I love the title of the book written by audio’s beloved patriarchs, Don and Carolyn Davis, “If Bad Sound Were Fatal, Audio Would Be The Leading Cause Of Death.”
If that title were true, I would not be here writing this, and the unfortunate thing is that I would be dead from self-inflicted wounds! Over the years I’ve found that I can usually attribute the reason for the bad sound that I’ve mixed to one word: anticipation.
On the science side, anticipation means:
1) Being generally prepared, having the right tools, and being aware of what is going on at the event.
2) Check over the system to make sure everything is working.
3) Check all the inputs to make sure they are working and patched correctly.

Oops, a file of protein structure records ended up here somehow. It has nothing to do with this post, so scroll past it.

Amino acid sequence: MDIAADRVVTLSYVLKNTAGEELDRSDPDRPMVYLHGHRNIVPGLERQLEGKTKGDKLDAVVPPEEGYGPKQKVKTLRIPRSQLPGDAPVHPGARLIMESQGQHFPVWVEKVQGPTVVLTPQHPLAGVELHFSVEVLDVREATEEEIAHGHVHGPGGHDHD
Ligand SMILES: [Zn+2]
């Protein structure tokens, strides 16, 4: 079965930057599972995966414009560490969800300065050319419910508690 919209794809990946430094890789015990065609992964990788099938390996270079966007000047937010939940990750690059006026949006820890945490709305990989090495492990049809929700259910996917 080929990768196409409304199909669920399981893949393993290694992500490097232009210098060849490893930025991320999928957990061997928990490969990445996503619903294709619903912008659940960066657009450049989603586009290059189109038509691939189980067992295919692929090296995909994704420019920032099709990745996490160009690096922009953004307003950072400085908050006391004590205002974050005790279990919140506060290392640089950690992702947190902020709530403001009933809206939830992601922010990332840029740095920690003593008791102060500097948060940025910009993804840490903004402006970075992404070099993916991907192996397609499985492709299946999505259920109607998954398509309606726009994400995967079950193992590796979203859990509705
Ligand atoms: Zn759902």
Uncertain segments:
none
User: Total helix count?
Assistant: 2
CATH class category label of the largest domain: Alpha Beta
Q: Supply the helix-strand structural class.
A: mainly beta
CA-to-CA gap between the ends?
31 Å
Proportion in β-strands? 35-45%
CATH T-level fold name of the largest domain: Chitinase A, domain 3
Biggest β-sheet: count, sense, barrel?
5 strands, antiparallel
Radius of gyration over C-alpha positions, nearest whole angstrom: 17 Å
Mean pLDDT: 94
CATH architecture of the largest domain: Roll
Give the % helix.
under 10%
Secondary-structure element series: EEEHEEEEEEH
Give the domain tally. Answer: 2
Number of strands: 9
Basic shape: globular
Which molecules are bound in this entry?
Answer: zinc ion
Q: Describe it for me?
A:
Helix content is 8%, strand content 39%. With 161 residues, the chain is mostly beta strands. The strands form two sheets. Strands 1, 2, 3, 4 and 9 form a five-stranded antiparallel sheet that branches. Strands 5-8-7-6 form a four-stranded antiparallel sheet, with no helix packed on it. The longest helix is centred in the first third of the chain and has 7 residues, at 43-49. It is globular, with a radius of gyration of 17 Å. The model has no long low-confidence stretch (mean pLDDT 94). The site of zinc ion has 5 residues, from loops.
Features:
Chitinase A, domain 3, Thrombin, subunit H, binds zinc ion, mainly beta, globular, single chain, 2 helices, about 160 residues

4) Visually reviewing the board, making sure things are routed were they are supposed to be, the channel EQs are on and aren’t set too crazy, etc.
5) Having a backup emergency microphone on stage that everyone knows to go to if his/her particular mic fails.
And on the art side of things:
1) Thinking ahead, planning to boost the levels for solos.
2) Keeping my eyes on the stage to make sure mics are turned on ahead of people speaking.
3) Having my headphones handy so I can pfl channels to check anything, and quickly.
4) Being in tune with that is going on so I can react quickly to any changes that occur.
5) Having my cue sheet or order of service right next to me and then read ahead and mentally prepare for the next event on the sheet.
6) Listening to the worship songs ahead of time to hear what the original recordings sound like.
7) Knowing where the backup emergency mic is patched and being prepared to use it for any surprise events (unplanned testimony) or mic failures.
Obviously anticipation alone doesn’t guarantee a great mix – you still need to have the fundamentals down. But it does greatly increase the potential of having an error-free service or event.
So there you have it. The real art of audio, or, I mean the real science of audio, is… well, in both cases, it’s anticipation.